- Compared to end-to-end pipelines for tomography data analysis such as EMAN2 and Dynamo, this approach only implements the subtomogram averaging step, while still relying on external tools for initial tilt-series alignment, CTF estimation, and particle picking.
    - In terms of performance, the HIV-1 Gag maps obtained from the benchmark dataset EMPIAR-10164 do not represent an improvement in resolution over previous methods.
    - No validation is provided to support the claim that the tool can correct for higher-order optical aberrations of the microscope from cryo-ET data.
    - No results are provided to validate the 3D classification routines to study heterogeneity, and no experiments are shown to support the claim that the new approach is more accurate than previous sub-volume classification strategies that compensate for the missing wedge (such as the approach implemented in the earlier version of Relion [4]).

    Overall, this implementation of SPT would be a valuable resource for the cryo-ET community.

  3. Reviewer #2 (Public Review):

    Zivanov et al. present a new approach for multi-particle averaging from cryo-electron tomography data. They propose that refining directly against 2D tilt series images instead of the traditional reconstructed 3D subtomograms would simplify and improve structure determination. This would represent the experimental data more faithfully than traditional subtomogram averaging and circumvents the need for missing wedge correction. The authors describe a data structure termed 'pseudosubtomograms' where the tilt images are represented as their Fourier transform pre-multiplied with the CTF, accompanied by an array describing how often each 3D-voxel has been observed and the sum of the squared CTF. They then present a new regularized likelihood target function for cryo-ET particle alignment which uses the pseudosubtomograms data structure. This approach is implemented within the general RELION refinement framework and allows for the use of pseudosubtomograms for 3D classification, initial model generation, and 3D refinement.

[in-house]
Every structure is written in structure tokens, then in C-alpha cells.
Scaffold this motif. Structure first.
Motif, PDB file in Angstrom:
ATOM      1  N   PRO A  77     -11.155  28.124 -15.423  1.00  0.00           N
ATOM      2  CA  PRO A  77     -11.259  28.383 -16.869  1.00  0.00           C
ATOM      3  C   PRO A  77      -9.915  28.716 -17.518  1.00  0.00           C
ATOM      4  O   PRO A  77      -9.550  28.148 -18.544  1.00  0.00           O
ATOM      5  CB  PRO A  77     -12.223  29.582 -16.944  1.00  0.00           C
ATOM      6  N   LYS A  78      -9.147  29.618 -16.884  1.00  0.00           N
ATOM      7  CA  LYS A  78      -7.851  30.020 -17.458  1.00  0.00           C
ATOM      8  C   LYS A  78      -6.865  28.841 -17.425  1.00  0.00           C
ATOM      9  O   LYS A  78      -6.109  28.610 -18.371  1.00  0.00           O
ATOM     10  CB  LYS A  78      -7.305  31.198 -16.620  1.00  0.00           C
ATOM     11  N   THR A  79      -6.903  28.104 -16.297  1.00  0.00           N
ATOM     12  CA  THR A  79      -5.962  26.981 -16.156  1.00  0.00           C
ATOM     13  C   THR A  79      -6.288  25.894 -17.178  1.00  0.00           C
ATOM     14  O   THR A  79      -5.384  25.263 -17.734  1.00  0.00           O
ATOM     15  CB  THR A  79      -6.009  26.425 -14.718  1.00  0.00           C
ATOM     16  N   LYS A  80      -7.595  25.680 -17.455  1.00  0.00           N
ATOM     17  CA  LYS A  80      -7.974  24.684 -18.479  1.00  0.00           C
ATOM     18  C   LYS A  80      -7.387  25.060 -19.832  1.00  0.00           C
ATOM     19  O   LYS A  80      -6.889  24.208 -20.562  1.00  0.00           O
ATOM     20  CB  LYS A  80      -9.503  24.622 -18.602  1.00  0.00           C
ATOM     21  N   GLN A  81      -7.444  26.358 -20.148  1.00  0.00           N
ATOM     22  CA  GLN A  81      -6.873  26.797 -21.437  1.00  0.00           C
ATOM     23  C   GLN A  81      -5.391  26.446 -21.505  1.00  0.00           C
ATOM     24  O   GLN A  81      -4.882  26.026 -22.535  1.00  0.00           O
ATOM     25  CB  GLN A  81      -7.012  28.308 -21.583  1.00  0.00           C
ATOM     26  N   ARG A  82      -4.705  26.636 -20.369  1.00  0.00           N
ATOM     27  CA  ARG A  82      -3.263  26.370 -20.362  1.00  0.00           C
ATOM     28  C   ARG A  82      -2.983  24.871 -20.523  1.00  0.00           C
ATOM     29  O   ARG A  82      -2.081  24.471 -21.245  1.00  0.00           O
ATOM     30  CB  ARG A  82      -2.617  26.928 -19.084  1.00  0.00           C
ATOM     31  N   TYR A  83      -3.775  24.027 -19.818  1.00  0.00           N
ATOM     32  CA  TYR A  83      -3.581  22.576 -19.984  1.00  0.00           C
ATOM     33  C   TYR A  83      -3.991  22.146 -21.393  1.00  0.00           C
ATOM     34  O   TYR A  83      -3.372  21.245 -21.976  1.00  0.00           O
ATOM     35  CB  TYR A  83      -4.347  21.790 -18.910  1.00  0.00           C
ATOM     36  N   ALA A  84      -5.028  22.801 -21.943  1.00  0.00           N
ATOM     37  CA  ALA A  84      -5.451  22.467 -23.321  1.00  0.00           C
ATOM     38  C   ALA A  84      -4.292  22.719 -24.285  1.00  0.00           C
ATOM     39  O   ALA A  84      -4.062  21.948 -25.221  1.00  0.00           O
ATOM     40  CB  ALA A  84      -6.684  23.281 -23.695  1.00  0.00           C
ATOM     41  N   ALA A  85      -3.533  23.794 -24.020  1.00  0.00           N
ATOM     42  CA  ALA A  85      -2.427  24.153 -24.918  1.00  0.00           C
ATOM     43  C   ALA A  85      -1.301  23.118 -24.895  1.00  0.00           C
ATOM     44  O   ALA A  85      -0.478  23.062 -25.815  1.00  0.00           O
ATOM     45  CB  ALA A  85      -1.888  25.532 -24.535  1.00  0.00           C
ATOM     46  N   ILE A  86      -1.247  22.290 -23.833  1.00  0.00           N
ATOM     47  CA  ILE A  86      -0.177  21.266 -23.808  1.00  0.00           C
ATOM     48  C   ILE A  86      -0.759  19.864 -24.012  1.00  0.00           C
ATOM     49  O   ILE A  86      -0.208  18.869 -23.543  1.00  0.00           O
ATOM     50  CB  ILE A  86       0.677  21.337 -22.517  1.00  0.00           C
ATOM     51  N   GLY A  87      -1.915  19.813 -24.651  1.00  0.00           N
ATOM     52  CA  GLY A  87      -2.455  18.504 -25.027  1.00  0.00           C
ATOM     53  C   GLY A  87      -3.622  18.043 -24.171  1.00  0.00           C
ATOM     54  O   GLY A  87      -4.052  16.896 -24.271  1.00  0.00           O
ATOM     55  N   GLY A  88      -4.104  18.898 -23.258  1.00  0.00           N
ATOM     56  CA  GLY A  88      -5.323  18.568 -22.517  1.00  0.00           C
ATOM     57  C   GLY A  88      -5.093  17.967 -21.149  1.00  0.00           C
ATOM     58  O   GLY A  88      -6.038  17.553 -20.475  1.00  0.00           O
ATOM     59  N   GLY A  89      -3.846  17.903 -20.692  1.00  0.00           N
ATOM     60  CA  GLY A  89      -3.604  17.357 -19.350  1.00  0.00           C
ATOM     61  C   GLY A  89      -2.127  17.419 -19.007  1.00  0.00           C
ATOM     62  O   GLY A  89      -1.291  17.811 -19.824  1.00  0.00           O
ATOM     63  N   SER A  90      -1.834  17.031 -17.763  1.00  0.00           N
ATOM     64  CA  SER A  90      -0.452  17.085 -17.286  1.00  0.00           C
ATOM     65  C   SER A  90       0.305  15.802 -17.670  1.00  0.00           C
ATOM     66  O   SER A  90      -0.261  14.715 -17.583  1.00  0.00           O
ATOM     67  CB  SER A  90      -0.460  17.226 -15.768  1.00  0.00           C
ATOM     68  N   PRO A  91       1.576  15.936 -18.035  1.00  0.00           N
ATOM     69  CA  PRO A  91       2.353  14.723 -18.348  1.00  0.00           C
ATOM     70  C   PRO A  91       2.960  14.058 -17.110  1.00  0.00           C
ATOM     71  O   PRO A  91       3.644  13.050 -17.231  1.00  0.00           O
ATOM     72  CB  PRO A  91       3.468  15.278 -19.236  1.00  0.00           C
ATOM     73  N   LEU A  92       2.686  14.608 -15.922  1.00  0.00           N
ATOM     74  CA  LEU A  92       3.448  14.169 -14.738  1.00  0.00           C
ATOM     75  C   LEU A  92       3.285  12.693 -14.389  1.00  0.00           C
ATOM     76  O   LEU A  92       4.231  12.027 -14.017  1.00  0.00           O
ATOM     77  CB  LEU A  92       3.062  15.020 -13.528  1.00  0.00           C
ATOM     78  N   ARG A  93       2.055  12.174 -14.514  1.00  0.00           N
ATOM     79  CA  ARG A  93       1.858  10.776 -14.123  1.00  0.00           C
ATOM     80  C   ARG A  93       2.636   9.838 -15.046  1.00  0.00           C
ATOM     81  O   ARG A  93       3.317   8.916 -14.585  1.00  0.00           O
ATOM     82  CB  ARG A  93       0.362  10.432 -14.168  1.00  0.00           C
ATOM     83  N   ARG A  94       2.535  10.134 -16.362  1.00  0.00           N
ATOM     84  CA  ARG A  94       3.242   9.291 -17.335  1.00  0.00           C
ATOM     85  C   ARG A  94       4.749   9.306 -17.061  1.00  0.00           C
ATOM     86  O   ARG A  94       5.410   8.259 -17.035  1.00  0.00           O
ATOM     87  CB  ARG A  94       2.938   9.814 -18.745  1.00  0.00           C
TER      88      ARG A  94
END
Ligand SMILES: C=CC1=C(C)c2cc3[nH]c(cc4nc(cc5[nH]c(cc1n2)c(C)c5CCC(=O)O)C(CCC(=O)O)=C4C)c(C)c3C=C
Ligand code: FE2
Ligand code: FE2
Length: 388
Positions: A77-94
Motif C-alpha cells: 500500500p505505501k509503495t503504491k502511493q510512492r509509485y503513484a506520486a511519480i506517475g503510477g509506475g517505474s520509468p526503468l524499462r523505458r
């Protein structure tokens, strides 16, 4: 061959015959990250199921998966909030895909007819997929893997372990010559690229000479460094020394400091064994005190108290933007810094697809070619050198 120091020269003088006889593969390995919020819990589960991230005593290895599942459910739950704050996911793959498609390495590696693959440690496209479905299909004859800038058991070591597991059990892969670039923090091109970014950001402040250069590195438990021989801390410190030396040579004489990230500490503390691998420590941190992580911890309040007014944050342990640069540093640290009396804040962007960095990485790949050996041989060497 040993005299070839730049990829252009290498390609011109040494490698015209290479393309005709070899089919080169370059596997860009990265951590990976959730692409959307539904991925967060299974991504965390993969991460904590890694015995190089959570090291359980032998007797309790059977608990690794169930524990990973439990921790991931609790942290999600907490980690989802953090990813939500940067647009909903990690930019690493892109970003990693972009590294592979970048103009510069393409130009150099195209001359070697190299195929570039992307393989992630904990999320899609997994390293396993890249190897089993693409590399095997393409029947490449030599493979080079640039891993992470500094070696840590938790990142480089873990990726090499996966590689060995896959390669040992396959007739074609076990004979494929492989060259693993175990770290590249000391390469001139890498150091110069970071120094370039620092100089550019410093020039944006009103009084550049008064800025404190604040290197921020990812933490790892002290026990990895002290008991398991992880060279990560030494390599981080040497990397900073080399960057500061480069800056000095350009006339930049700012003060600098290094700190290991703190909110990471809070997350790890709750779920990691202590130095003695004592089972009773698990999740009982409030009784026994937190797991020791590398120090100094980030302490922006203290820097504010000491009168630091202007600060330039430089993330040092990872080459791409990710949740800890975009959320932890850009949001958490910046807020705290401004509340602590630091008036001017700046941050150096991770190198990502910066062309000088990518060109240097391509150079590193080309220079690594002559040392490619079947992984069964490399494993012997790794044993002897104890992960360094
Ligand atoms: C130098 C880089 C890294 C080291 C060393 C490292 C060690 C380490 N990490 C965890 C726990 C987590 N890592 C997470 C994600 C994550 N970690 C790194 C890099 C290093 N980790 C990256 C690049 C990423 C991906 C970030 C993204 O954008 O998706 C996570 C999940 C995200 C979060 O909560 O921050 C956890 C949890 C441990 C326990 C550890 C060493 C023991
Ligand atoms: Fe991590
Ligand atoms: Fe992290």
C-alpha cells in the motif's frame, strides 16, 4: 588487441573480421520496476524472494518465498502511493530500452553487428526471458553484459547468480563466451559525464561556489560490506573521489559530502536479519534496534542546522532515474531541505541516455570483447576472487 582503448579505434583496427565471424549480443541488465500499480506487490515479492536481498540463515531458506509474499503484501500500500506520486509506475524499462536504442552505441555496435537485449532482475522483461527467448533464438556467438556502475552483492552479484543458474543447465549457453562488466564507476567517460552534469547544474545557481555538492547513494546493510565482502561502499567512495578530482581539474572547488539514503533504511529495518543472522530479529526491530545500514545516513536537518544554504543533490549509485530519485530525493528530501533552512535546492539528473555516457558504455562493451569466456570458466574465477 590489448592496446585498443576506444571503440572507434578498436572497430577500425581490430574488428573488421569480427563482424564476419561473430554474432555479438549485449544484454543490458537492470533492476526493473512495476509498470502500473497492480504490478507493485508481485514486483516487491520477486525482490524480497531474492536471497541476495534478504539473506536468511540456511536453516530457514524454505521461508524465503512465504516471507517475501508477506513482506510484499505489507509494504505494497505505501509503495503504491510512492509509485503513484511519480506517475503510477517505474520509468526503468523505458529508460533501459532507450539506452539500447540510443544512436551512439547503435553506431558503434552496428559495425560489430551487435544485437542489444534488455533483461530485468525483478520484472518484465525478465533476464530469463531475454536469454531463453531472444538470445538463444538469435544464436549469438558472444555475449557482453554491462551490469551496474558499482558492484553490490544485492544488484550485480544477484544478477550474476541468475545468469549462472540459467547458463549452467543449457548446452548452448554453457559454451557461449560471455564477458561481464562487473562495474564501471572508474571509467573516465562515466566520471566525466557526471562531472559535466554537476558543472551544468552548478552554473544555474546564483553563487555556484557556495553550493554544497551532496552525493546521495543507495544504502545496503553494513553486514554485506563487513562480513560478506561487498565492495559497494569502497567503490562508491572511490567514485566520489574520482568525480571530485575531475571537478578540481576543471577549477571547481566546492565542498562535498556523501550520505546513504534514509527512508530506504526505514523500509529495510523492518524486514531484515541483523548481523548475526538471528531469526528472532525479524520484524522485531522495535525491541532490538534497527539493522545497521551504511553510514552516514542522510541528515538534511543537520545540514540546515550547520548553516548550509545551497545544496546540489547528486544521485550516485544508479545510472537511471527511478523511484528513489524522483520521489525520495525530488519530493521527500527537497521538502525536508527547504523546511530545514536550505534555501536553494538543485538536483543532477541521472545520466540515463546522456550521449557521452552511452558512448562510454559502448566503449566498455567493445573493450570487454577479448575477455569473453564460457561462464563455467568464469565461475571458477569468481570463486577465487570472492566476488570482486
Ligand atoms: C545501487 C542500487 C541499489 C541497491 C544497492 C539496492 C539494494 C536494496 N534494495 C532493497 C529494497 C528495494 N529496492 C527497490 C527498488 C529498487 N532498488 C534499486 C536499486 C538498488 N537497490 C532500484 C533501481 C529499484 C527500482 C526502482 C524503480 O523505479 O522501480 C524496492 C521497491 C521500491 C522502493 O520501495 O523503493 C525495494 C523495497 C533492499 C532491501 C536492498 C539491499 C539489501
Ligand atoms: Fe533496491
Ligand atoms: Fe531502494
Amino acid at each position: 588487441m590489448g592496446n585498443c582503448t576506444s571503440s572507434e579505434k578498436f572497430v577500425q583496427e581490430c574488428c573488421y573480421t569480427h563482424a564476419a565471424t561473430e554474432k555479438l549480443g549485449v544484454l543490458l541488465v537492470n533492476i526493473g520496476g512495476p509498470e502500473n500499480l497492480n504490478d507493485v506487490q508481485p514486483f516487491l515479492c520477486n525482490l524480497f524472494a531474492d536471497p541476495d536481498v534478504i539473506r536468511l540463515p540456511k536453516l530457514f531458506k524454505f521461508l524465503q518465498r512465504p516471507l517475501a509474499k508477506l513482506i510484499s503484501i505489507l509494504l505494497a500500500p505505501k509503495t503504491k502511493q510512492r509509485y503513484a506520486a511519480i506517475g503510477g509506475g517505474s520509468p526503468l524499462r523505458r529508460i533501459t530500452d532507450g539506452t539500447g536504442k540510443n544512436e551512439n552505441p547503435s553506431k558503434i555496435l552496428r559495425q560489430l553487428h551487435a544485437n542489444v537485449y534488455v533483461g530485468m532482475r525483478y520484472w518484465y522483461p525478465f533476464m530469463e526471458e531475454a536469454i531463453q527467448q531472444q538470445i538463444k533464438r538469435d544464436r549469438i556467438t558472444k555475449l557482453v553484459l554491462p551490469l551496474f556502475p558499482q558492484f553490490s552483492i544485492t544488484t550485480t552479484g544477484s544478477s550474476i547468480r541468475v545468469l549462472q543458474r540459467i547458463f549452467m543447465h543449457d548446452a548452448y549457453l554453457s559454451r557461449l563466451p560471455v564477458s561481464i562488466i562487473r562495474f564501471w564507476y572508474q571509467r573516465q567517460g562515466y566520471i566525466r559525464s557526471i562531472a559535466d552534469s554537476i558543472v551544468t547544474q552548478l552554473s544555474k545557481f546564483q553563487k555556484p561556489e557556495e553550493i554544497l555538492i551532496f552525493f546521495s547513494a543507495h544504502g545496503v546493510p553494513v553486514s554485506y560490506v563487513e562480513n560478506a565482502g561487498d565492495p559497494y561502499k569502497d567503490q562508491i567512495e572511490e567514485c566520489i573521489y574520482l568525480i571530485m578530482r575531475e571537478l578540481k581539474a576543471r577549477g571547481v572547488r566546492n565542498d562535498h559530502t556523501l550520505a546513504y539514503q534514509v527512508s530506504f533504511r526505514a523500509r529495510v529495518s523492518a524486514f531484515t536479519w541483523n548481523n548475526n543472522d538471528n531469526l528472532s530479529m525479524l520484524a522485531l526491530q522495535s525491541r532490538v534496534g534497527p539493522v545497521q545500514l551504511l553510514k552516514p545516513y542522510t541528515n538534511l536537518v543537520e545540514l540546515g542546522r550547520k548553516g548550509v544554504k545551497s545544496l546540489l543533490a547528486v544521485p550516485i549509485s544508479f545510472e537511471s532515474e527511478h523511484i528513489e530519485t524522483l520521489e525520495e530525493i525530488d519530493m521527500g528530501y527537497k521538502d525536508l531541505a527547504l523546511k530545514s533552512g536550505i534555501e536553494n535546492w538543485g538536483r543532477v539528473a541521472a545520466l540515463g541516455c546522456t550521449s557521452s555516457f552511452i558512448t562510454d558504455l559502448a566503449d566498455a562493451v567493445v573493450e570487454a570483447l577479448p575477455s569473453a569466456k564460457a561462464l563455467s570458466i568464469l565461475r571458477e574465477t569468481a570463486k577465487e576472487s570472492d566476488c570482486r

The authors also introduce methods for refining optical and geometrical parameters in the tilt series taking advantage of the average map obtained after 3D refinement. This allows for more accurate tilt series alignment, per-particle motion tracking, and calculation of per-particle CTF. They propose that iteratively refining these parameters, extracting new pseudosubtomograms, and realigning the particles should lead to more accurate structure determination. The methods are validated using three different datasets, and the authors show that the iterative refinement within their framework increases the resolution of the 3D reconstruction and that the resulting maps are resolved to the same or better resolution than previously published methods.

    The introduction of a more direct representation of the 2D tilt series images is a novel approach to subtomogram averaging, and the authors show that it is as good or better than current approaches. Comparing the subtomogram average to the tilt series to correct for optical and geometrical parameters of the data has already been implemented in the program M. Here, the authors show that their algorithms can reach the same resolution as M for the HIV immature capsid, but discuss that M might be superior at very high resolution, as it models beam-induced rotation of particles. Nevertheless, the new approaches are implemented in a single framework - the popular open-source software package RELION - thereby greatly facilitating their accessibility to uses. This is a very welcome contribution and development in the field.